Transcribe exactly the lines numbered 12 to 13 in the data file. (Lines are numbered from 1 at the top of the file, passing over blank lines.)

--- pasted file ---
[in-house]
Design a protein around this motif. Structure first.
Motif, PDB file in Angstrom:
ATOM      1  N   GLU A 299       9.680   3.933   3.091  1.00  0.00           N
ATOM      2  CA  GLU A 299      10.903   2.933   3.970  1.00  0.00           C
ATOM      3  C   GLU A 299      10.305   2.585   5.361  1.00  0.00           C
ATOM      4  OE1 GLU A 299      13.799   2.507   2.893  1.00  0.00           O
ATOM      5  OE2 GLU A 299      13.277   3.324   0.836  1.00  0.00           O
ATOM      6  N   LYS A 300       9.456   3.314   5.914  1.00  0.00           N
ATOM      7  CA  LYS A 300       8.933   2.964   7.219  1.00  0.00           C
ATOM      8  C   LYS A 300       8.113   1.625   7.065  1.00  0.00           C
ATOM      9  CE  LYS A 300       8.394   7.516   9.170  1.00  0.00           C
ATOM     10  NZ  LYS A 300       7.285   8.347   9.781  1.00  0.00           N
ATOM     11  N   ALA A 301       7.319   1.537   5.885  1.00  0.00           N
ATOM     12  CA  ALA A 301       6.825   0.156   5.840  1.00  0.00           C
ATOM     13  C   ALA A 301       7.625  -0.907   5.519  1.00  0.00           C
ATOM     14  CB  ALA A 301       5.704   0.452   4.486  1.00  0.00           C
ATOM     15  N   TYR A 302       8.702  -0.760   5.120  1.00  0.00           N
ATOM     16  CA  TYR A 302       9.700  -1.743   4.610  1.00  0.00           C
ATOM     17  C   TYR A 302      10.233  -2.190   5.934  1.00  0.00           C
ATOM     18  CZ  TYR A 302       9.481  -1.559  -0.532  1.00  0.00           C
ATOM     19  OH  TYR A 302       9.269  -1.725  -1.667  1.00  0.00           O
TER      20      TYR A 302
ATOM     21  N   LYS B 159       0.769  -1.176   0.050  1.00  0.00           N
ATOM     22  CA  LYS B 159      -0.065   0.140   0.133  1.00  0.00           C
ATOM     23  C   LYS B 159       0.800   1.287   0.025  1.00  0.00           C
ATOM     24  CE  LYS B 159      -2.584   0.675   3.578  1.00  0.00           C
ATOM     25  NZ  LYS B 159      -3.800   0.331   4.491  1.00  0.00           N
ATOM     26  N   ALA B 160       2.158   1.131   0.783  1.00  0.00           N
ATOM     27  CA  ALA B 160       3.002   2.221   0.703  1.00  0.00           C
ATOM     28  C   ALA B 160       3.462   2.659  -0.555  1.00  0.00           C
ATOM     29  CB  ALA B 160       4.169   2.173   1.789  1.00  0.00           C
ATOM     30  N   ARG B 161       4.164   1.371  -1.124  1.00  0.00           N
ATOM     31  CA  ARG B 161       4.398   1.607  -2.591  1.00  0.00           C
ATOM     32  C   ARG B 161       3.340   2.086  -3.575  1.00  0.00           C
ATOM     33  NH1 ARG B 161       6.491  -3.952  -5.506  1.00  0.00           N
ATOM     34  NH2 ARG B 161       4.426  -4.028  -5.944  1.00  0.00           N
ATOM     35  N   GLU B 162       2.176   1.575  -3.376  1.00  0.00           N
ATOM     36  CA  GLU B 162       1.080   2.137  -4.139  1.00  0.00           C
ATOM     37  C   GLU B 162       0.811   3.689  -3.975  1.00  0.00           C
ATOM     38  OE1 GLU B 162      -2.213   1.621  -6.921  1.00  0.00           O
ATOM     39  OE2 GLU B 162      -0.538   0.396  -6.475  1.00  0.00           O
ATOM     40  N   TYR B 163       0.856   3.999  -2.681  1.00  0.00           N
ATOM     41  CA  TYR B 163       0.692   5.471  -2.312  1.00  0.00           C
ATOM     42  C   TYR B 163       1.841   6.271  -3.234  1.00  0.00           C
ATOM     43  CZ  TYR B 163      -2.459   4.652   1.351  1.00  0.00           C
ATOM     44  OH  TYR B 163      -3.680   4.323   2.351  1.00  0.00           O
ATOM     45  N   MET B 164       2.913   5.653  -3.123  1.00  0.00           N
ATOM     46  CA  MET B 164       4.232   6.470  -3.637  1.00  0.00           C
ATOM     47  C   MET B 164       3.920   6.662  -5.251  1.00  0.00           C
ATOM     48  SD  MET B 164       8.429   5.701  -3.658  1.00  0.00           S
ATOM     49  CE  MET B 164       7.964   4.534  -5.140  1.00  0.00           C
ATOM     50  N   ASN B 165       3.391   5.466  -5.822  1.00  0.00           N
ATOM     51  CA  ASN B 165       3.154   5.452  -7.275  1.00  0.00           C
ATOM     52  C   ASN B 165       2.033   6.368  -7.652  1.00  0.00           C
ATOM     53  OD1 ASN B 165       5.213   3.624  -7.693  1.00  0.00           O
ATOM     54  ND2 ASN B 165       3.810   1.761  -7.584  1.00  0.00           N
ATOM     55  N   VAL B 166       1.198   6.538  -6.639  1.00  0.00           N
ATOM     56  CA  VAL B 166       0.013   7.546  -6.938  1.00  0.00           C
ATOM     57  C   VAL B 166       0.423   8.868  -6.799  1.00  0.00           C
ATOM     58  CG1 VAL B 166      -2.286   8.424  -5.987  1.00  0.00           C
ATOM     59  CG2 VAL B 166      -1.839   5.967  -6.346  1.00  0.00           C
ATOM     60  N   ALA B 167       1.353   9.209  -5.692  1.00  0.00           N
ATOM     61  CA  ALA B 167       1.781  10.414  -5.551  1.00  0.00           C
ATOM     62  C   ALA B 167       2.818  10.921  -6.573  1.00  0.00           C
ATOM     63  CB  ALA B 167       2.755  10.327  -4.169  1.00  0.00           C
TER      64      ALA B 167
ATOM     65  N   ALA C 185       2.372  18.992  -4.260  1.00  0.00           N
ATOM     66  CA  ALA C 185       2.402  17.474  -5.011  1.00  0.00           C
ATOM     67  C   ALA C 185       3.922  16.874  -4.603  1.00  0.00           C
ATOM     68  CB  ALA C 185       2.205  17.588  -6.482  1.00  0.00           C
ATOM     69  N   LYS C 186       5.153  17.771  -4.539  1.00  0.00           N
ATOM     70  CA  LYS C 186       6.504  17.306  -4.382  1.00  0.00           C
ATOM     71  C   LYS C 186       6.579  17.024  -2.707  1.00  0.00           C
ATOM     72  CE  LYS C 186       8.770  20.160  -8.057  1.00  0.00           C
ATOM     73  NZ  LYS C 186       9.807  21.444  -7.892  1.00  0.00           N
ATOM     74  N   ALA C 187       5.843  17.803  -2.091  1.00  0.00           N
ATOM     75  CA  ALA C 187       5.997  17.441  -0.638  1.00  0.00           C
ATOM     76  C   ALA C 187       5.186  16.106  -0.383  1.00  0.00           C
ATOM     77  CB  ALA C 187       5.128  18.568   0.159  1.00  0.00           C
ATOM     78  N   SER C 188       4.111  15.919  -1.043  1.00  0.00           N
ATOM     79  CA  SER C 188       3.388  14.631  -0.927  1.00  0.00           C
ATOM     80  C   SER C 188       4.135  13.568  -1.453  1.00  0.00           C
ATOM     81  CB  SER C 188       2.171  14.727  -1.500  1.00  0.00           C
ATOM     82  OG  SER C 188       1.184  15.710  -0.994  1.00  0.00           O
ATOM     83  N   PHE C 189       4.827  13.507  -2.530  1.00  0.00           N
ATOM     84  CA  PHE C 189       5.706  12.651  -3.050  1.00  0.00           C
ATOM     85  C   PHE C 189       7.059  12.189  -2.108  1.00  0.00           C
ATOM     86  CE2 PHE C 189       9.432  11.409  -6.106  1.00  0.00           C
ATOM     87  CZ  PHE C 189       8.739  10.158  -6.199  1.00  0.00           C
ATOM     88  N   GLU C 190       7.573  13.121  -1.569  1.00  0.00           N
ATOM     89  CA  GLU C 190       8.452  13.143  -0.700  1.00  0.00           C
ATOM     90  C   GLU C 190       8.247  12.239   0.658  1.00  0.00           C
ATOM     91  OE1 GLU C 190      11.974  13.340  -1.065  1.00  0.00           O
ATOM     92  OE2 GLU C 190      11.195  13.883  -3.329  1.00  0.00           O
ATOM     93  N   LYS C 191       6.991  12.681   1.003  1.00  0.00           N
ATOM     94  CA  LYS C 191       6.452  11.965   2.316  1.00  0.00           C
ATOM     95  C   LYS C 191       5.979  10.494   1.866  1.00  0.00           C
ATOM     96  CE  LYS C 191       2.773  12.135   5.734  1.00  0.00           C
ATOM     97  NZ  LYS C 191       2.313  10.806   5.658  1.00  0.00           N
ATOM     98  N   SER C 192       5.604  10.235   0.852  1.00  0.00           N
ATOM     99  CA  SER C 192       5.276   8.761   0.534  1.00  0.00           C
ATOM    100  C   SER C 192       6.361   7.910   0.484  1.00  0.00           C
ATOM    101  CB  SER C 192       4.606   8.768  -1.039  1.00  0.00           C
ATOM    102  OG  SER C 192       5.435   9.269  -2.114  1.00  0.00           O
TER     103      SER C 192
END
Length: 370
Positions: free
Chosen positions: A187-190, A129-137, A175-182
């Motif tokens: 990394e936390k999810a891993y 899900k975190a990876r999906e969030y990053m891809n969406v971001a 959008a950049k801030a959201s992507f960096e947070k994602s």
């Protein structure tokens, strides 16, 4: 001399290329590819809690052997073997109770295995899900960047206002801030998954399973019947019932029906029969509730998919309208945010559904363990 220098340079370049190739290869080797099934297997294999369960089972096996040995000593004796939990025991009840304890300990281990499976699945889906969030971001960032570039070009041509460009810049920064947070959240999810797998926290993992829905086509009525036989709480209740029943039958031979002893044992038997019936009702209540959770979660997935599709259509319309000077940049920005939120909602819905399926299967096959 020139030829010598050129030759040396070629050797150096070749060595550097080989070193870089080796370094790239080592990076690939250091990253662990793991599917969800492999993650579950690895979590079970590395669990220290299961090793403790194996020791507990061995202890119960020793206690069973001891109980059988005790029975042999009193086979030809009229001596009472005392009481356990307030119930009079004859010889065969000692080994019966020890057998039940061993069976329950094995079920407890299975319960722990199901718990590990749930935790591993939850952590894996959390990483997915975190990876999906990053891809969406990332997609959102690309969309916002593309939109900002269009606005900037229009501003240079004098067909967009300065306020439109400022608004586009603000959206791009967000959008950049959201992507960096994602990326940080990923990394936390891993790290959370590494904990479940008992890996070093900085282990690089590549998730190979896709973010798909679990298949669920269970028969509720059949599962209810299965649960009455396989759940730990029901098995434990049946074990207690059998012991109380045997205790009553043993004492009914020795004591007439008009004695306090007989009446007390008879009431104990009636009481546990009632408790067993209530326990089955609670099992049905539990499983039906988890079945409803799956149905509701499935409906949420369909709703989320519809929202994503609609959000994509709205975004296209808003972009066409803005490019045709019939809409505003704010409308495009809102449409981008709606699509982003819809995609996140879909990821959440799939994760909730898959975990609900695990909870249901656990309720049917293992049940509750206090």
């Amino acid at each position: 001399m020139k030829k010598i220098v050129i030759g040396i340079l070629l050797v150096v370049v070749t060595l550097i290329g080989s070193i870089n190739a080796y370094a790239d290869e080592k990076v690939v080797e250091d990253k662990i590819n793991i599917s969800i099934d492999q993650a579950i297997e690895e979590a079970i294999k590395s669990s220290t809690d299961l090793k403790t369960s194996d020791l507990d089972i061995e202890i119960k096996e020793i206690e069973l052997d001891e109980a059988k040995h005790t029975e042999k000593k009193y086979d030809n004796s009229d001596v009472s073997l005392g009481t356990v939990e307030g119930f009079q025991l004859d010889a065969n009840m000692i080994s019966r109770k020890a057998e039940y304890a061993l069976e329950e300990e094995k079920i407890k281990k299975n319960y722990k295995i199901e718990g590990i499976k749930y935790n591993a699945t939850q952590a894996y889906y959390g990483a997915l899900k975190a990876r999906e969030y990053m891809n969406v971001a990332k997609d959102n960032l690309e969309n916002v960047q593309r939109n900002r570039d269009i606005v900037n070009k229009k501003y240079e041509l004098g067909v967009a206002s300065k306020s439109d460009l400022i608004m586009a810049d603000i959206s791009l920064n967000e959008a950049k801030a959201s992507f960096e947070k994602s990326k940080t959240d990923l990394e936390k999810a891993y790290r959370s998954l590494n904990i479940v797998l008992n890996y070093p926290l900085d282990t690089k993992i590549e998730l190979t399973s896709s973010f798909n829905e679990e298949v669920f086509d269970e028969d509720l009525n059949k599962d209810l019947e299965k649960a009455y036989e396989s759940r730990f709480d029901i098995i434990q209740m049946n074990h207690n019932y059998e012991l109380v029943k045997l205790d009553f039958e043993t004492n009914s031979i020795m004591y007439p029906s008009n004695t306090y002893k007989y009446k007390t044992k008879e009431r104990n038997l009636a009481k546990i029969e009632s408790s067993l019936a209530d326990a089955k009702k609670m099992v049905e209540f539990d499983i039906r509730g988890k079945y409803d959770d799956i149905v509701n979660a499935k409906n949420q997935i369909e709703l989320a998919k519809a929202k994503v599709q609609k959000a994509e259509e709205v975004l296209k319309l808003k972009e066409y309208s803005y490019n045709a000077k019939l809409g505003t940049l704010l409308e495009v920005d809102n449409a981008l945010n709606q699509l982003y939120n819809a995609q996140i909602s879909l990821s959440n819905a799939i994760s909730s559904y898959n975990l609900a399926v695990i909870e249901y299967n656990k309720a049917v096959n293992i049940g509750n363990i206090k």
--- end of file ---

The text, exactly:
ATOM      9  CE  LYS A 300       8.394   7.516   9.170  1.00  0.00           C
ATOM     10  NZ  LYS A 300       7.285   8.347   9.781  1.00  0.00           N